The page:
Volvo Ocean Race Diary part 15: It's serene but slow progress
We remain hopeful of achieving our goal of securing a podium result in at least one leg
United Nation’s team Turn the Tide on Plastic sails in Itajai, Brazil. Photograph: Eduardo Velente/AFP
This is quite strange.
For the first time in this Volvo Ocean Race we have started a stage in light winds.
Since leaving Itajai in Brazil on Sunday, we’ve been sailing upwind which isn’t the fastest point of sail [angle to the wind] but it makes a nice change.
Coming up on deck after being off-watch and bracing for the usual onslaught of waves breaking over the bow but, then, nothing is ... well, kinda nice.
But progress is slow and is likely to remain so until we reach the Trade Winds off the north coast of Brazil. For now, we’re heading eastwards as we work our way through the St Helena High pressure system that dominates the South Atlantic Ocean and blocks our route north.
But it’s warm and sunny by day, cool by night and just lovely sailing weather with that caveat – it’s slow.
Our start from Itajai was also notable in that we held our own without any major handling errors during the short inshore display course that starts each leg. That has left our Turn the Tide on Plastics team well placed in these early miles of this 5,700 nautical mile leg to Newport, Rhode Island.
Currently, we’re mid-fleet on the official rankings but as we’re all within sight of each other it doesn’t matter so much – there is a long way to go before the standings settle.
In the race overall, we hold the bottom place, seventh from seven.
But that’s okay, our goal is to achieve a podium result in at least one leg and our form is nearing that target. We’re much slicker in our crew work now, everybody knows their roles inside-out and our confidence as ocean sailors is totally different from where we were eight months ago.
It’s kinda cool really, to think that just 100 miles north of our position lies Rio de Janeiro where I won silver just 18 months ago. And now we’re sailing by, heading for Cabo Frio which is known to be windy. In fact, many people wondered why the sailing event for the games wasn’t held there but in the final analysis, Rio came good with plenty of breezy days.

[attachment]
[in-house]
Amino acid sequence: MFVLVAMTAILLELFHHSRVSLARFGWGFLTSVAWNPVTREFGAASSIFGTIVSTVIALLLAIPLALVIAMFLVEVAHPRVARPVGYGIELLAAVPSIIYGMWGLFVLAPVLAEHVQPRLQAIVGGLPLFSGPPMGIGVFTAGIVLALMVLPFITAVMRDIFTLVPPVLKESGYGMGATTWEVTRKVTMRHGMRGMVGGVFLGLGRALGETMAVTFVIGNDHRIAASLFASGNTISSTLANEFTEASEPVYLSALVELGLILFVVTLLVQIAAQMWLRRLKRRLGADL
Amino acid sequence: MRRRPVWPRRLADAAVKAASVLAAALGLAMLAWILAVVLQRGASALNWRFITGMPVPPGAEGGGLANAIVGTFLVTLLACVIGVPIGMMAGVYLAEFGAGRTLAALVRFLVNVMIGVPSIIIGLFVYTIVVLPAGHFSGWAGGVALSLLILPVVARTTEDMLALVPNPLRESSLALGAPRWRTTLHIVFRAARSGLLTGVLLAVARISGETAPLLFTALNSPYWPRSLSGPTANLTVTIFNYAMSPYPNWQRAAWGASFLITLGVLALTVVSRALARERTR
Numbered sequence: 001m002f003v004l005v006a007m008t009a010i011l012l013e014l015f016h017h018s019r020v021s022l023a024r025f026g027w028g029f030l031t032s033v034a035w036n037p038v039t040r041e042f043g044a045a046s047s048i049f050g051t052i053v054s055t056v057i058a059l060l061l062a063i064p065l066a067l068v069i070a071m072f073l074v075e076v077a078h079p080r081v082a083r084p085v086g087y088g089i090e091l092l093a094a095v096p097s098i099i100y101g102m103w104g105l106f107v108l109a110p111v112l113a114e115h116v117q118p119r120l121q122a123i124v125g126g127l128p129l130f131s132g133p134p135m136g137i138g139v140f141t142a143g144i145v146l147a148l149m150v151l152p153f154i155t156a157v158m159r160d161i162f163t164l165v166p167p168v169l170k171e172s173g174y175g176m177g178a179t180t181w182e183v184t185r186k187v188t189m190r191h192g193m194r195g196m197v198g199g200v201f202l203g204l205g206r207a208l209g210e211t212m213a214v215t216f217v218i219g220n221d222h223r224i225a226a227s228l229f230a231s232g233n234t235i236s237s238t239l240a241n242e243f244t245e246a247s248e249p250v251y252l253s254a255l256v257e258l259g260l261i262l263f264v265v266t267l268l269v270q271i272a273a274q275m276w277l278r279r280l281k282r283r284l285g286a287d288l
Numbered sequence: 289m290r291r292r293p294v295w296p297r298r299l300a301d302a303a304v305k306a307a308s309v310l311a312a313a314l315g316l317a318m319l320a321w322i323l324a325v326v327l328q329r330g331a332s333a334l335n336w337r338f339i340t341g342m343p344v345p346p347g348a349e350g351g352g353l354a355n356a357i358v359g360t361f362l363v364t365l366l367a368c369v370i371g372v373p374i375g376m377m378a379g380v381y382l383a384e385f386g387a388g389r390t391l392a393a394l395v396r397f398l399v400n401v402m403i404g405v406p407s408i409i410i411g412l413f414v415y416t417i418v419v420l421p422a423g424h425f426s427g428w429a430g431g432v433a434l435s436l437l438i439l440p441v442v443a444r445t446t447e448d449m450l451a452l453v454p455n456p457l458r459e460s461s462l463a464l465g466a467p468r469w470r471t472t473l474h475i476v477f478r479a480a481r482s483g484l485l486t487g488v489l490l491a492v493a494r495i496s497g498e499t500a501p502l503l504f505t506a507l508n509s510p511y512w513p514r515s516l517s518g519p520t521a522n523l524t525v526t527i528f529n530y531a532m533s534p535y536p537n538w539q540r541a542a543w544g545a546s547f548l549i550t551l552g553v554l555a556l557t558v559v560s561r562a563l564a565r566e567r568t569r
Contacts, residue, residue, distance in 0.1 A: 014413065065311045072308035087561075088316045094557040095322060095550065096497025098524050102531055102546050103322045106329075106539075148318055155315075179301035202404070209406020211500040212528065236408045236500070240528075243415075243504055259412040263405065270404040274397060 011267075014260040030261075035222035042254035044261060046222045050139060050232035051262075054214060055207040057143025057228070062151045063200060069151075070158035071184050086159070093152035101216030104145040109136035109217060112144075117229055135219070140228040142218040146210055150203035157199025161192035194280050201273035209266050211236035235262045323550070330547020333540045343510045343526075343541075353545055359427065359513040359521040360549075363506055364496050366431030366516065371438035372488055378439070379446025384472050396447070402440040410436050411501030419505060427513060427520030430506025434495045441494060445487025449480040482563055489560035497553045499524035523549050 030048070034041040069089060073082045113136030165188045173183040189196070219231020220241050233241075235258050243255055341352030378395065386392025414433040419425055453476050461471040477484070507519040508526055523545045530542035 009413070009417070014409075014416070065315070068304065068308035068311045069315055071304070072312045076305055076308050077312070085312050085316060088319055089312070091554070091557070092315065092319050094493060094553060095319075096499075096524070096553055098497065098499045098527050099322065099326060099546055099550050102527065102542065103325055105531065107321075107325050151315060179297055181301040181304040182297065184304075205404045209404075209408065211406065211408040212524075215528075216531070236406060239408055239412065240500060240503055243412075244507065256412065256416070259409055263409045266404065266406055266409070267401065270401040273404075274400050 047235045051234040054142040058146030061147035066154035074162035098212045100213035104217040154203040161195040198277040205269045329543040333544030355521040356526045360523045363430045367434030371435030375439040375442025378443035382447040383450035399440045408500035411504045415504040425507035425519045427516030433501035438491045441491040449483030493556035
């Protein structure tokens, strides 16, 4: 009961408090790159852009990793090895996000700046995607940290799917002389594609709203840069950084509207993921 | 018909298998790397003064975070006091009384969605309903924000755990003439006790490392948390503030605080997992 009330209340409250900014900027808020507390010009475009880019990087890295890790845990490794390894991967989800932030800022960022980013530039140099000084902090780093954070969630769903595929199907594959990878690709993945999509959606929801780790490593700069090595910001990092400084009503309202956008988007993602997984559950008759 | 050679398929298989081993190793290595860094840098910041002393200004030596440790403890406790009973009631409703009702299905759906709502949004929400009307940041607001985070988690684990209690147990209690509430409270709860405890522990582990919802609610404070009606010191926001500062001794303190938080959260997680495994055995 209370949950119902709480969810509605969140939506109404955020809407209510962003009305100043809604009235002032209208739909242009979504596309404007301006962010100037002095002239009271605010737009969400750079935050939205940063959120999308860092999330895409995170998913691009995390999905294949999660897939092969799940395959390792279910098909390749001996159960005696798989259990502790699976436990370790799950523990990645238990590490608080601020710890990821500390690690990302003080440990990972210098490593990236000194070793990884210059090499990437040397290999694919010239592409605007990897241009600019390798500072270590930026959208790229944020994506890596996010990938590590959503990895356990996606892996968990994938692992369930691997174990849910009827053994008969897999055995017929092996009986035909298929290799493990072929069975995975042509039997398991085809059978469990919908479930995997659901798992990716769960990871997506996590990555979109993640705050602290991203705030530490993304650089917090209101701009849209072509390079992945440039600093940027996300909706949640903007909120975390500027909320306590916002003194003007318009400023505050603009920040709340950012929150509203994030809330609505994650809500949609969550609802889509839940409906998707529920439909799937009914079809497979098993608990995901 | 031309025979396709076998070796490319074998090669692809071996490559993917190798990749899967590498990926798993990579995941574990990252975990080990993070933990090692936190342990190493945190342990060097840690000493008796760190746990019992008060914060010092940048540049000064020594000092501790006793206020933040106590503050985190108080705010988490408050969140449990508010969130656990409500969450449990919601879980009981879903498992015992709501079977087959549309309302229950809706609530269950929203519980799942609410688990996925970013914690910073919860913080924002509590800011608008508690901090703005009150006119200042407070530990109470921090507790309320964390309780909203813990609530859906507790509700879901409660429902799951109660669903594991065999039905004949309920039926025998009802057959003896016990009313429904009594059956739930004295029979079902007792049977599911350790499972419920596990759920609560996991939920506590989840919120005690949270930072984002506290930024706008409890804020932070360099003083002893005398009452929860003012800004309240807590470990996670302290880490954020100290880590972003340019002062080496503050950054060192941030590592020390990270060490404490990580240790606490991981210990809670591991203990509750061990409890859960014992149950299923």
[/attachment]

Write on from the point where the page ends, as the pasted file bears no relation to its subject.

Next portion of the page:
To reach Cabo Frio, we have to try and slingshot around the St Helena High and once past there we’ll hopefully be into faster sailing angles. Whoever gets there first could stage a getaway and open up miles on the chasing pack.
After that, getting through the Doldrums could be make or break for the leg and again prove a chance to open up distance on the pack – or not.
The big unknown will be the last stage into the finish off the US coast. Still over two weeks away, it’s impossible to know what sort of weather to expect so this eighth leg could prove decisive.
Dongfeng have a one-point lead – a tiny margin – over Mapfre who suffered rigging problems in the last leg and were late into Brazil handing over the overall lead as a result.
Then there’s 10 points almost separating this pair from Bouwe Bekking’s Team Brunel who won the last leg.
Basically, there are just four legs remaining to decide the race and the two leaders have been dominant from the outset. But, as we’ve learnt, with ocean racing anything can and will happen so to win, first you have to finish.
It’s all a long way off and right now, this easy weather is helping me get back into the rhythm of life on-board and the four-on, four-off watch system after a break of what was almost two months in New Zealand.
That holiday allowed me to work on my fitness which took a serious dive since I started this race. In particular, my cardio levels dropped a huge amount and it was very noticeable once ashore doing things like short walks or even climbing stairs.
The cause is the intensity of the watch system, especially in windy weather when you would routinely be called on deck from your bunk. This hugely disrupted sleep pattern has a knock-on effect on maintaining even a basic fitness routine.
Plus, there’s the added complication of how to exercise on a wildly pitching and rolling 65-foot boat.
So, for now it’s all about sailing as fast as possible and look ahead to Newport before the final stages across the Atlantic to home waters once again.